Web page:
I clicked on the live webcast of the U.S. Senate floor proceedings to find New Jersey Senator Robert Menendez pleading for Congress to take up H.R. 1, the Supplemental Appropriations Act that provides $60 billion in disaster funds for Hurricane Sandy. Unfortunately, Senator Menendez, in making his case for federal funding, was showing photographs of affluent Mantoloking, New Jersey. His advocacy shows why it is necessary for Congress to move slowly on the funding request to ensure that the spending gets to individuals and communities who really need assistance.
The proposed spending seems to fail to make distinctions between helping low income people who have no resources, and giving scarce resources to rebuild the summer homes of the wealthy. There was immense suffering in the aftermath of Sandy, but America is not rich enough to make the wealthy and the poor whole from the disaster. That is not the social compact that most Americans believe they have made as residents and citizens. How do we know exactly where the recovery monies will flow?
Mantoloking is a shore community with a year-round population of 296 (according to the 2010 Census) and a summertime population of approximately 5,000. Average income per person is $79,555, versus average income of $35,678 per person in New Jersey and U.S. average income of $27,915, according to the U.S. Census. In a time when the U.S. is asking for sacrifices from its citizens, funding repairs for second homes would seem the last thing Americans can afford. When President Obama sent his funding request to Capitol Hill, one of the parameters he outlined was (emphasis mine):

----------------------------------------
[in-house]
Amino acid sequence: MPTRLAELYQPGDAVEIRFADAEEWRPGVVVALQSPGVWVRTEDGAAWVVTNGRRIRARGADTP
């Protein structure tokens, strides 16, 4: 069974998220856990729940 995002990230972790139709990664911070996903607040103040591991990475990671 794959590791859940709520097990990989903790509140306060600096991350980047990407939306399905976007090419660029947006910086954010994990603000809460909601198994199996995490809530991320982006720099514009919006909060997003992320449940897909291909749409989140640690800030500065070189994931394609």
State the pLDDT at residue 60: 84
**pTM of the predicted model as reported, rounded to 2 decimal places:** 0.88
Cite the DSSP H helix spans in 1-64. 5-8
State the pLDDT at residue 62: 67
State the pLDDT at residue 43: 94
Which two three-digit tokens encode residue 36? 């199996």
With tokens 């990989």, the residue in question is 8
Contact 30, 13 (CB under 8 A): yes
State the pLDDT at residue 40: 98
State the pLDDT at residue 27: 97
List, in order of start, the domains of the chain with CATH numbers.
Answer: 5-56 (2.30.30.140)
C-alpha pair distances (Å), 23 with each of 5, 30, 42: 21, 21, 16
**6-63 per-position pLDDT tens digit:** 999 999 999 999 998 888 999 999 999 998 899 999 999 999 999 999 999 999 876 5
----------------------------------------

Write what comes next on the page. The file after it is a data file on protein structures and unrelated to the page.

As a Nation, we have always worked together to assist those who have suffered losses from disasters, and lack adequate resources to rebuild their lives and communities. Assistance should be targeted primarily to low- and moderate- income individuals and families, and limited to repairing and rebuilding primary residences only.
Rushing $60 billion of funds to states might make Congress feel good, but it’s likely that it will be paid for with cuts in other areas of the budget such as reducing cost of living increases for Social Security.